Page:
Under § 18-1-704(2)(a), C.R.S.2005, a person may use “deadly physical force” in self-defense only when (1) he or she has reasonable ground to believe, and does believe, that he, she, or another, is in imminent danger of being killed or of receiving great bodily injury; and (2) he or she reasonably believes a lesser degree of force is inadequate.

“Deadly physical force” is defined in § 18-1-901(3)(d), C.R.S.2005, as “force, the intended, natural, and probable consequence of which is to produce death, and which does, in fact, produce death.”

Colorado’s statutory definition of “deadly physical force” is reminiscent of “the common-law rule that a person is presumed to have generally intended the natural and probable consequences of his or her actions.” United States v. Alli, 444 F.3d 34, 38 (1st Cir.2006); see People v. Liggett, 114 P.3d 85, 90 (Colo.App.2005)(quoting People v. Fisher, 759 P.2d 33, 38 (Colo.1988): “Proof of intent is often necessarily indirect, and the fact finder thus may `infer an intent to cause the natural and probable consequences of unlawful voluntary acts.”), aff’d, 135 P.3d 725 (Colo. 2006). Yet, the manner in which the word “intended” is used in Colorado’s “deadly physical force” definition suggests that it is to be given effect independent of the assessment of the natural and probable consequences of one’s acts.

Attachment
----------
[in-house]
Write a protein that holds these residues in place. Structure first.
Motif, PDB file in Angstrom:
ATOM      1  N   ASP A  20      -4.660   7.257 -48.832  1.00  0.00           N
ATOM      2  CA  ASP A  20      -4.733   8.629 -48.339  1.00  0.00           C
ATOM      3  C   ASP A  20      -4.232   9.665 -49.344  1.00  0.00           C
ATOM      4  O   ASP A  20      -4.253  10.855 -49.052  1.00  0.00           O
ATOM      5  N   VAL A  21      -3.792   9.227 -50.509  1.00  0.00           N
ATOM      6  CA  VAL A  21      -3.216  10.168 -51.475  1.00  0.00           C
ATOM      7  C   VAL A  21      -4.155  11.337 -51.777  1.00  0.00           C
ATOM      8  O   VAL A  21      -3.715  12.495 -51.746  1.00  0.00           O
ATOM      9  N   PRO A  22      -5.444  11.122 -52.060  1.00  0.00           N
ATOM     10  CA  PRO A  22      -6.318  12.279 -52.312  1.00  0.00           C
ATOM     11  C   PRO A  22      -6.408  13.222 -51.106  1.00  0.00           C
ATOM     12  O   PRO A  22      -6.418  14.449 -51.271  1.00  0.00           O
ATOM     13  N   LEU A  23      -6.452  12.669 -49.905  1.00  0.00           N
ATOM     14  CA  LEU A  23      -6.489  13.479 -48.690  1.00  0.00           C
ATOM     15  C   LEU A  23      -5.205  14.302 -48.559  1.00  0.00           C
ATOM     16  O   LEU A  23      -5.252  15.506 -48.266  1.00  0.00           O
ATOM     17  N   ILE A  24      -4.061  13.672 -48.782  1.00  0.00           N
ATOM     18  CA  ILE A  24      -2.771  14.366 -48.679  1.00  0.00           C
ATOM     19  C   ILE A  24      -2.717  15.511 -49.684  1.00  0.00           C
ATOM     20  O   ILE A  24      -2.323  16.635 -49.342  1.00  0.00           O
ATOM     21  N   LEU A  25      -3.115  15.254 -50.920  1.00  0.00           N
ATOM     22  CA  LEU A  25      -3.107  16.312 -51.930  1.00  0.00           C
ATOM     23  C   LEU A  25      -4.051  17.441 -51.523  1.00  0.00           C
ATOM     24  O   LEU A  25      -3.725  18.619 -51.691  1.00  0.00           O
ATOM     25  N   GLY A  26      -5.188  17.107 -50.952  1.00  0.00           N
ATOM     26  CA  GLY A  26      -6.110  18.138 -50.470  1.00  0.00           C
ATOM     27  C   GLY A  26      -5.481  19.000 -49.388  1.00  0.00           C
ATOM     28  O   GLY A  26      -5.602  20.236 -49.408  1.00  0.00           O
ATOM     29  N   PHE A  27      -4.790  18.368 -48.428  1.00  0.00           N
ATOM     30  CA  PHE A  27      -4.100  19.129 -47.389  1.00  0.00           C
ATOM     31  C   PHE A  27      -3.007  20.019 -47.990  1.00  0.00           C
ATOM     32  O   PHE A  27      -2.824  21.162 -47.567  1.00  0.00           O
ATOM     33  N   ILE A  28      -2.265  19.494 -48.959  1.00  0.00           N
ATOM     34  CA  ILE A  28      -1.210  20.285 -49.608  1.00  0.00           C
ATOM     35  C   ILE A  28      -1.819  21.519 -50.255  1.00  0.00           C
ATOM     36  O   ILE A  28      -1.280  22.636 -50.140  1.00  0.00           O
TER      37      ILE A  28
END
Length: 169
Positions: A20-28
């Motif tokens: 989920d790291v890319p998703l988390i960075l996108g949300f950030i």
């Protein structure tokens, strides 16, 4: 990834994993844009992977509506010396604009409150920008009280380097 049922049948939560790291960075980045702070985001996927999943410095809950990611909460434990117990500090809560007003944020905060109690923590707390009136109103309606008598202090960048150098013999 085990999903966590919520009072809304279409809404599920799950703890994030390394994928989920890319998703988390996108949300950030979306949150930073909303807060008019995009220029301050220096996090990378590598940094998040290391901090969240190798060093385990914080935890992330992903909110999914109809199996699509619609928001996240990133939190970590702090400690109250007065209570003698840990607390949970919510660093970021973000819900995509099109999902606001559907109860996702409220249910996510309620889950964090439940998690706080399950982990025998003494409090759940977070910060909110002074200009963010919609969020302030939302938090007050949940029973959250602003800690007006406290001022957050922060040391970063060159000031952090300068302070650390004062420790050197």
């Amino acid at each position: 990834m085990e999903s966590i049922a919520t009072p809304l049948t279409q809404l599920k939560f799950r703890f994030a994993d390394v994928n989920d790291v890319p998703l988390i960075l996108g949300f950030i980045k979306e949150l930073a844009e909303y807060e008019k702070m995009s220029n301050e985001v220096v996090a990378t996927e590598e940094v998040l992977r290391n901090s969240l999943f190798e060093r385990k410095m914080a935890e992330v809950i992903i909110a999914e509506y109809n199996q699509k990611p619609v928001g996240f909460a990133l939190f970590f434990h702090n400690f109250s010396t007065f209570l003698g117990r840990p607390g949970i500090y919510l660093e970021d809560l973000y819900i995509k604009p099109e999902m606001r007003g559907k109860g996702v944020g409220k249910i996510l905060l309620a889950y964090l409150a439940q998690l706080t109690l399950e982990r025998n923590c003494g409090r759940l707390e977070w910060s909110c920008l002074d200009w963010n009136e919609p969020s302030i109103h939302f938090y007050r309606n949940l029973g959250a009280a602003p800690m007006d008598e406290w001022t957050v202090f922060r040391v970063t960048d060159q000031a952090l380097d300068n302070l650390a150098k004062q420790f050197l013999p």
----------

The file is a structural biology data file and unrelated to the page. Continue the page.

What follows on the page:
Some jurisdictions define “deadly physical force” or “deadly force” simply as having some likelihood of causing a certain result (death or, sometimes, serious bodily injury). See Ala.Code § 13A-1-2(6) (1975) (defining “deadly physical force” as “[p]hysical force which, under the circumstances in which it is used, is readily capable of causing death or serious physical injury”); Conn. Gen.Stat. § 53a-3(5) (2005) (defining “deadly physical force” as “physical force which can be reasonably expected to cause death or serious physical injury”); Fla. Stat. § 776.06(1) (2005) (defining “deadly force” as “force that is likely to cause death or great bodily harm”); Ind.Code § 35-41-1-7 (2005) (defining *329 “deadly force” as that which “creates a substantial risk of serious bodily injury”); N.Y. Penal Law § 10.00(11) (2005) (defining “deadly physical force” as “physical force which, under the circumstances in which it is used, is readily capable of causing death or other serious physical injury”); Ohio Rev. Code. Ann. § 2901.01(A)(2) (2005) (defining “deadly force” as “any force that carries a substantial risk that it will proximately result in the death of any person”); 18 Pa. Cons. Stat. § 501 (2005) (defining “deadly force” as “[f]orce which, under the circumstances in which it is used, is readily capable of causing death or serious bodily injury”); see also State v. Hunter, 315 N.C. 371, 338 S.E.2d 99, 102 (1986) (“Deadly force has been defined as force likely to cause death or great bodily harm.”); People v. Pace, 102 Mich.App. 522, 302 N.W.2d 216, 221 (1980)(“[D]eadly force has been used where the defendant’s acts are such that the natural, probable, and foreseeable consequence of said acts is death.”).